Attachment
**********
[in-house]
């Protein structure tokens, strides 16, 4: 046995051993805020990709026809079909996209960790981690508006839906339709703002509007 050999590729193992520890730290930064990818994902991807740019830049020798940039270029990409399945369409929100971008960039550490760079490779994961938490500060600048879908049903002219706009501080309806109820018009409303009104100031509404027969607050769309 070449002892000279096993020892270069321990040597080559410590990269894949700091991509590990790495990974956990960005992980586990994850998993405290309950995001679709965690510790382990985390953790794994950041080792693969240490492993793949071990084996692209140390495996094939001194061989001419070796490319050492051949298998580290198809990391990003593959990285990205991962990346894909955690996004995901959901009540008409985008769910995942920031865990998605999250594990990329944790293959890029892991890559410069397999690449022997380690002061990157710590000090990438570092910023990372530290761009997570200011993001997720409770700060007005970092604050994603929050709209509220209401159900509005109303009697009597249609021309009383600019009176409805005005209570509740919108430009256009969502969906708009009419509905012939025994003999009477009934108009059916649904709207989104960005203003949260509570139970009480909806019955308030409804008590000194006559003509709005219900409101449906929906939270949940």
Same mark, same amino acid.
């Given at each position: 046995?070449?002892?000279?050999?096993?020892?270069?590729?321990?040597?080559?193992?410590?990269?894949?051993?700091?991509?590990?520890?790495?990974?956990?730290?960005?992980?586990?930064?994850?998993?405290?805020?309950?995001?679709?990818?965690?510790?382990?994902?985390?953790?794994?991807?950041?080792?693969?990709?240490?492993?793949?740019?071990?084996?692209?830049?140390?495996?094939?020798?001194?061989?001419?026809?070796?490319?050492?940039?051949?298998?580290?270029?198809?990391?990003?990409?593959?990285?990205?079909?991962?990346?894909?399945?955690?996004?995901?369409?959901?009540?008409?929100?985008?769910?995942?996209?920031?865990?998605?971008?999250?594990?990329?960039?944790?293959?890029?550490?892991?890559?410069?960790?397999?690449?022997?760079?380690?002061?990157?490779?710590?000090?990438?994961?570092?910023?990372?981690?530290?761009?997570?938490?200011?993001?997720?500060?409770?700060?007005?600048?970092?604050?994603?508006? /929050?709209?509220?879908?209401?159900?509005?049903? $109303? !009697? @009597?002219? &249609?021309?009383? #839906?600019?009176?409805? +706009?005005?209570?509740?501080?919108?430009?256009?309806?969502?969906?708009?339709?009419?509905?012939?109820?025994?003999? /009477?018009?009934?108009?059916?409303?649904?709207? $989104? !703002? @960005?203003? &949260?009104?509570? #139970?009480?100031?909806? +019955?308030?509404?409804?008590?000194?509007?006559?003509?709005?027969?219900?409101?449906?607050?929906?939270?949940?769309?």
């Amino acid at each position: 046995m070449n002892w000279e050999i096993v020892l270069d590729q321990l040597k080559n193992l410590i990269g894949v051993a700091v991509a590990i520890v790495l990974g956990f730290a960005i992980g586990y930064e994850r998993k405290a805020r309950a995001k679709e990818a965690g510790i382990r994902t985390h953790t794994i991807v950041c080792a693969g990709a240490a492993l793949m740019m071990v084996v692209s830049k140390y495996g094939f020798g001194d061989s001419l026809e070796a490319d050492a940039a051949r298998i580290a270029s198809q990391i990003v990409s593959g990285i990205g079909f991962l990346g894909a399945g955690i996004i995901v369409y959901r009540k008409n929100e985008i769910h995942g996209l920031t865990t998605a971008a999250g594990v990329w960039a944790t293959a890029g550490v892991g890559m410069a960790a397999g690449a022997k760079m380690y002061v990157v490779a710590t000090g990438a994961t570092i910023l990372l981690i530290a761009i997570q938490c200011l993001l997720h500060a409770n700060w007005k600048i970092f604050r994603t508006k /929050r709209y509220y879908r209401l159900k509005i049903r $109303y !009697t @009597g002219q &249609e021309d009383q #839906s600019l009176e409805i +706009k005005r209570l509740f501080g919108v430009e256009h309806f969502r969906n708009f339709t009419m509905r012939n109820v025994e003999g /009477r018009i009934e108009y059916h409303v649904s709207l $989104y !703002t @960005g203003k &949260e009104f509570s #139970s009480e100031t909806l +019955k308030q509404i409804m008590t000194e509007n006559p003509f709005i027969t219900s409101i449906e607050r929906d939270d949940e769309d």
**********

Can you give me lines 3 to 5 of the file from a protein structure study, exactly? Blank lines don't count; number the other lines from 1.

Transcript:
Same mark, same amino acid.
């Given at each position: 046995?070449?002892?000279?050999?096993?020892?270069?590729?321990?040597?080559?193992?410590?990269?894949?051993?700091?991509?590990?520890?790495?990974?956990?730290?960005?992980?586990?930064?994850?998993?405290?805020?309950?995001?679709?990818?965690?510790?382990?994902?985390?953790?794994?991807?950041?080792?693969?990709?240490?492993?793949?740019?071990?084996?692209?830049?140390?495996?094939?020798?001194?061989?001419?026809?070796?490319?050492?940039?051949?298998?580290?270029?198809?990391?990003?990409?593959?990285?990205?079909?991962?990346?894909?399945?955690?996004?995901?369409?959901?009540?008409?929100?985008?769910?995942?996209?920031?865990?998605?971008?999250?594990?990329?960039?944790?293959?890029?550490?892991?890559?410069?960790?397999?690449?022997?760079?380690?002061?990157?490779?710590?000090?990438?994961?570092?910023?990372?981690?530290?761009?997570?938490?200011?993001?997720?500060?409770?700060?007005?600048?970092?604050?994603?508006? /929050?709209?509220?879908?209401?159900?509005?049903? $109303? !009697? @009597?002219? &249609?021309?009383? #839906?600019?009176?409805? +706009?005005?209570?509740?501080?919108?430009?256009?309806?969502?969906?708009?339709?009419?509905?012939?109820?025994?003999? /009477?018009?009934?108009?059916?409303?649904?709207? $989104? !703002? @960005?203003? &949260?009104?509570? #139970?009480?100031?909806? +019955?308030?509404?409804?008590?000194?509007?006559?003509?709005?027969?219900?409101?449906?607050?929906?939270?949940?769309?």
């Amino acid at each position: 046995m070449n002892w000279e050999i096993v020892l270069d590729q321990l040597k080559n193992l410590i990269g894949v051993a700091v991509a590990i520890v790495l990974g956990f730290a960005i992980g586990y930064e994850r998993k405290a805020r309950a995001k679709e990818a965690g510790i382990r994902t985390h953790t794994i991807v950041c080792a693969g990709a240490a492993l793949m740019m071990v084996v692209s830049k140390y495996g094939f020798g001194d061989s001419l026809e070796a490319d050492a940039a051949r298998i580290a270029s198809q990391i990003v990409s593959g990285i990205g079909f991962l990346g894909a399945g955690i996004i995901v369409y959901r009540k008409n929100e985008i769910h995942g996209l920031t865990t998605a971008a999250g594990v990329w960039a944790t293959a890029g550490v892991g890559m410069a960790a397999g690449a022997k760079m380690y002061v990157v490779a710590t000090g990438a994961t570092i910023l990372l981690i530290a761009i997570q938490c200011l993001l997720h500060a409770n700060w007005k600048i970092f604050r994603t508006k /929050r709209y509220y879908r209401l159900k509005i049903r $109303y !009697t @009597g002219q &249609e021309d009383q #839906s600019l009176e409805i +706009k005005r209570l509740f501080g919108v430009e256009h309806f969502r969906n708009f339709t009419m509905r012939n109820v025994e003999g /009477r018009i009934e108009y059916h409303v649904s709207l $989104y !703002t @960005g203003k &949260e009104f509570s #139970s009480e100031t909806l +019955k308030q509404i409804m008590t000194e509007n006559p003509f709005i027969t219900s409101i449906e607050r929906d939270d949940e769309d």